Now that’s what I call marketing: TGI Fridays
A while back, we posted a challenge on this site, calling out corporate Facebook and Twitter accounts. If you want to read the entire post, click here, but basically, I wondered why more companies didn’t use their accounts for promotions.
So imagine my excitement when I discovered TGI Friday’s “Fan Woody” promotion. Become fans with the TGIF page (“Woody”), register your email address, and once Woody has a million fans, you get a free burger!
(If you want your free burger, go to www.facebook.com/fanwoody)
What a great promotion. First, Woody already has more than 7oo,ooo friends on Facebook (including me), in the short time this promo has been running. That means they now have more than 700,000 email addresses of people who obviously like Friday’s. And they can interact with them. All for the price of… FREE!
This campaign isn’t costing Friday’s anything, at least not to run on Facebook. There were TV Ads, but Friday’s was going to run TV spot anyway. Those are the advertising equivalent of sunk costs. This just gave them a different message to put on the air.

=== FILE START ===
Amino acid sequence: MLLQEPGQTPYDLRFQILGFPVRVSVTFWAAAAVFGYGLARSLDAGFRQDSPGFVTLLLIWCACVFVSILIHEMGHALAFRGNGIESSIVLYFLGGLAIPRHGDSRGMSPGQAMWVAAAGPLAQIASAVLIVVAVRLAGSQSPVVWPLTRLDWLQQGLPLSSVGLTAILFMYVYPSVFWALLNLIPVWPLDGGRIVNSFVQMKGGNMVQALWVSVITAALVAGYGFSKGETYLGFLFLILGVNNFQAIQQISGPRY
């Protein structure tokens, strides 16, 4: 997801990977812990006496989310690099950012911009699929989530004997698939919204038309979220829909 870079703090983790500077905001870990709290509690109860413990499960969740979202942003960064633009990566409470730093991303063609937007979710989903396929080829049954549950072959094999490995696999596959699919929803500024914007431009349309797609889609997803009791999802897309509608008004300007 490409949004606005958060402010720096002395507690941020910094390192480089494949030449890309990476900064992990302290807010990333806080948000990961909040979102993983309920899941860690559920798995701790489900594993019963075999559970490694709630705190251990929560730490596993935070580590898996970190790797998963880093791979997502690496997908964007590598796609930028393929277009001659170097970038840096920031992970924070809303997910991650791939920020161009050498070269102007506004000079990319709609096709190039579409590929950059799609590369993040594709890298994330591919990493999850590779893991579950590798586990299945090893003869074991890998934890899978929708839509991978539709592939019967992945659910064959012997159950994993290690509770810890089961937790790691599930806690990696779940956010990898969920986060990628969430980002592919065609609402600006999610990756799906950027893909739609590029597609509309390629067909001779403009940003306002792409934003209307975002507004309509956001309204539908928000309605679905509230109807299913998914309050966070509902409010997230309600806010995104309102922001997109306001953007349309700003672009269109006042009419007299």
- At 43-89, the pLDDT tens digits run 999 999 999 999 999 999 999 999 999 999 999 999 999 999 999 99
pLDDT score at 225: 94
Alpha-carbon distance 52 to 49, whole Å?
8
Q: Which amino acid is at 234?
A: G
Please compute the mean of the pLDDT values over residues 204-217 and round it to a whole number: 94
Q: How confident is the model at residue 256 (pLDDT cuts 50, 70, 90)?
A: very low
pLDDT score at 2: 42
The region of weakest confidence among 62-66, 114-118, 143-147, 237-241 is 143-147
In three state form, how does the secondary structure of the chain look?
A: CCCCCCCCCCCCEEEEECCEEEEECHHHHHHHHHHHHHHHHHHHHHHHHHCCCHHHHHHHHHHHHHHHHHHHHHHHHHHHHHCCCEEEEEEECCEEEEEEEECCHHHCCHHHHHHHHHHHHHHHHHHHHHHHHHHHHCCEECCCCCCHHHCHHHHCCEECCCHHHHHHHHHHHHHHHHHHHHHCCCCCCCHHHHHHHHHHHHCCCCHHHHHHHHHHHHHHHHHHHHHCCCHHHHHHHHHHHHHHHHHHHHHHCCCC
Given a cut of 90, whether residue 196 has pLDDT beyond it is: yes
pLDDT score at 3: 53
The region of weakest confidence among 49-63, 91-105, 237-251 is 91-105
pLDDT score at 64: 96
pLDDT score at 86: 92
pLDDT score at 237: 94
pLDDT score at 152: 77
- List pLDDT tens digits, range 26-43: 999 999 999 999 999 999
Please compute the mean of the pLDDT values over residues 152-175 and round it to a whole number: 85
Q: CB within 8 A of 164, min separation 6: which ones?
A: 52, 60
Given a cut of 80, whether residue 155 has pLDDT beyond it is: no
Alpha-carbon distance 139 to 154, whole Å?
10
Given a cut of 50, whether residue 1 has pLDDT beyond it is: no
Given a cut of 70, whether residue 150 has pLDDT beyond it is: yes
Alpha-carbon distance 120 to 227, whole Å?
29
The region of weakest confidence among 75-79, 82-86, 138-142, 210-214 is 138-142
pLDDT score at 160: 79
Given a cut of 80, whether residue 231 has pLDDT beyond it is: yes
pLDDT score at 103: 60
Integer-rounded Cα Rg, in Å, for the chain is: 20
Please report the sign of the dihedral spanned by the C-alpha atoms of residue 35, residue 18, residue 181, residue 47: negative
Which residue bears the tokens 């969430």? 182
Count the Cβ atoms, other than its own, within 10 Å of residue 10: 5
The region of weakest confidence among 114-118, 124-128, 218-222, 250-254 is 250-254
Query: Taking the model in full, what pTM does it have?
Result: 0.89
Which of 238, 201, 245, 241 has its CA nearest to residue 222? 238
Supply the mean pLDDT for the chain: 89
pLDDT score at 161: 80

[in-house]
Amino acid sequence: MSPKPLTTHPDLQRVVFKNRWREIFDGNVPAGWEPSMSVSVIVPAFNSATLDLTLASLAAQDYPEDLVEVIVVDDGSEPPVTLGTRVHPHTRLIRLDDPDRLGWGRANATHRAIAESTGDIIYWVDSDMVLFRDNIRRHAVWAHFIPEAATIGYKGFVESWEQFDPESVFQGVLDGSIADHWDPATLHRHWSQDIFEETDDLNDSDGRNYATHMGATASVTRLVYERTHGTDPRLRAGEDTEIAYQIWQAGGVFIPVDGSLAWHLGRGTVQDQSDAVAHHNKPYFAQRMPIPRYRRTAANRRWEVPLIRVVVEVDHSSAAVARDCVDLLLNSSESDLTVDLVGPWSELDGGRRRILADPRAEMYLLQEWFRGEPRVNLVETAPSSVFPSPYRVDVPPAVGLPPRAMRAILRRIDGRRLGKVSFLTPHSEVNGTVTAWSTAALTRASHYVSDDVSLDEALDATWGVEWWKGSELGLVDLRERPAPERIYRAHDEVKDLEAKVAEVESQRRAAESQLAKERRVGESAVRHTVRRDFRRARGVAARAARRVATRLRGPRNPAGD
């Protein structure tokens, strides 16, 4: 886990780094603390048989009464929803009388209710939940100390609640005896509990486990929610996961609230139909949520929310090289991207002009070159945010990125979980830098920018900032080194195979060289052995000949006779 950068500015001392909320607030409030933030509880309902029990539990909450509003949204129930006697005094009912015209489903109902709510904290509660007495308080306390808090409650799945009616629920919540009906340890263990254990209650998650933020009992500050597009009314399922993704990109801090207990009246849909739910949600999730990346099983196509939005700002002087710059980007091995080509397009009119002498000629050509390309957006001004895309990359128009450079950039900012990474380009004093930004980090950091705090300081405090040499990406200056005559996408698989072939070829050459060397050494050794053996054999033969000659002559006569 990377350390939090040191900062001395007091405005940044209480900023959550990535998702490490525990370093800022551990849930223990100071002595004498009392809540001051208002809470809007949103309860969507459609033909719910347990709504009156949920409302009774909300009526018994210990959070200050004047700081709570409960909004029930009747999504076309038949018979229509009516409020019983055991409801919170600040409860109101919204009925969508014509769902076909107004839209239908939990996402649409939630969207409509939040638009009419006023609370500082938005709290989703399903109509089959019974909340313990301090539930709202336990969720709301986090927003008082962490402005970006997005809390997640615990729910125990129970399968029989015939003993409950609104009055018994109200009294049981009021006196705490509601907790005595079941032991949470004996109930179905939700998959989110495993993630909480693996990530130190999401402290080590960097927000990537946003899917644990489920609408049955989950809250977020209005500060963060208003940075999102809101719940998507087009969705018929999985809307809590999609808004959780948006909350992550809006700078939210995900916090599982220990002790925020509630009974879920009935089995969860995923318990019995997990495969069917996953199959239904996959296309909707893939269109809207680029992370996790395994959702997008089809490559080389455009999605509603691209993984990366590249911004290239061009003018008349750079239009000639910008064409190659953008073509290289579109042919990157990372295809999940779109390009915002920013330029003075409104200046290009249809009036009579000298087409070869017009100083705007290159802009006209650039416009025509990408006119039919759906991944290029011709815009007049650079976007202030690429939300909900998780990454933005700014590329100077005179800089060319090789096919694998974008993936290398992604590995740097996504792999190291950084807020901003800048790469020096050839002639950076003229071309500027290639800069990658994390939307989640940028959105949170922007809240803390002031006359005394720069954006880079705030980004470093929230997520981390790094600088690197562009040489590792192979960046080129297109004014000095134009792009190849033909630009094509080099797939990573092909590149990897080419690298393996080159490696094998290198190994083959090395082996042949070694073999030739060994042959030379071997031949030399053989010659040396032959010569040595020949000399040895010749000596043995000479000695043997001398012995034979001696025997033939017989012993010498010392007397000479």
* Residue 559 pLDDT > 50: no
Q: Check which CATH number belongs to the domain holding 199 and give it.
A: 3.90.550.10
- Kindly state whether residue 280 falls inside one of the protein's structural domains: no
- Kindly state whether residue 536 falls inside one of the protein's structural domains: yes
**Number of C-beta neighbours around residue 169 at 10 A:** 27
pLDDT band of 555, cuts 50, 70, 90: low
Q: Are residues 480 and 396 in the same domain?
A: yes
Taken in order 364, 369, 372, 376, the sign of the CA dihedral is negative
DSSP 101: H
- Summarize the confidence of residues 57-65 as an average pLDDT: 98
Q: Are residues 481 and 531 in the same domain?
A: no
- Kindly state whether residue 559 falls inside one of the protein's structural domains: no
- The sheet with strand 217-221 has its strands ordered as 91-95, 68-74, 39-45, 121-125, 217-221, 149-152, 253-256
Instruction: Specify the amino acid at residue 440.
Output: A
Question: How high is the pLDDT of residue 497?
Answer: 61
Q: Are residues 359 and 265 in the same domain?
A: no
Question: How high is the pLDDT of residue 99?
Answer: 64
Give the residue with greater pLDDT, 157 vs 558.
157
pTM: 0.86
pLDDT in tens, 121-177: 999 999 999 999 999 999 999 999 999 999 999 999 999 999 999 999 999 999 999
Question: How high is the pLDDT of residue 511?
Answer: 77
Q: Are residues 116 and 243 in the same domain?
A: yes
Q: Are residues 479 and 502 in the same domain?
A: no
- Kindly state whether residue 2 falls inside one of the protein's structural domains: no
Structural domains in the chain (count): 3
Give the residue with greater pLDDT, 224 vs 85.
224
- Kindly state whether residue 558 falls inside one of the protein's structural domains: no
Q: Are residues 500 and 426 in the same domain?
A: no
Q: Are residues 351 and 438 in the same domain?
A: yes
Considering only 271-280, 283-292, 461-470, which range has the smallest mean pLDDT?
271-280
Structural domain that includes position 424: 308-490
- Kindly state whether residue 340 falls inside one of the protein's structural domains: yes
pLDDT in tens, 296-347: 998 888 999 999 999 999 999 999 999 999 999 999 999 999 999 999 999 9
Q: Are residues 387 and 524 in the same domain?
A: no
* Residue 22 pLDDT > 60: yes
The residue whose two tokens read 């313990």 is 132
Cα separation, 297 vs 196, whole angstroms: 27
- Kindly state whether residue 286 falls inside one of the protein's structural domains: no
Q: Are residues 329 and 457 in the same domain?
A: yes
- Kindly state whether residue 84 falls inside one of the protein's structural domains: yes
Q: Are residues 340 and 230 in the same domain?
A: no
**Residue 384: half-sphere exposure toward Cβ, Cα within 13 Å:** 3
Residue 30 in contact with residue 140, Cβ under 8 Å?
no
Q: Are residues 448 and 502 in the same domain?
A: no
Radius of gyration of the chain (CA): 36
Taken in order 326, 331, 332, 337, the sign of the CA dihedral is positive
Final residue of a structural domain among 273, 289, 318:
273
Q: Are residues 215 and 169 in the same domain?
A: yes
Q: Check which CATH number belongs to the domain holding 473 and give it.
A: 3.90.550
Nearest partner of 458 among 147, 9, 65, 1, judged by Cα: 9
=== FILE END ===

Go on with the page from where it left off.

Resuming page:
And let’s not forget that every time someone redeems the coupon, Friday’s is still making money. You go in for a free burger, but you bring three friends, split an appetizer and each order 3 beers. The free burger (food cost, probably less than 5 dollars) earned Friday’s a $40 check.
And now you’re in the email club. And following Friday’s on Twitter. And they are at the top of your mind, so when the college roommates are deciding where to buy their next burger, Friday’s has the leg up on Chiles or Applebees. At least until they create their own online promotion.
We’re waiting Chiles… I want a free Triple Play appetizer…
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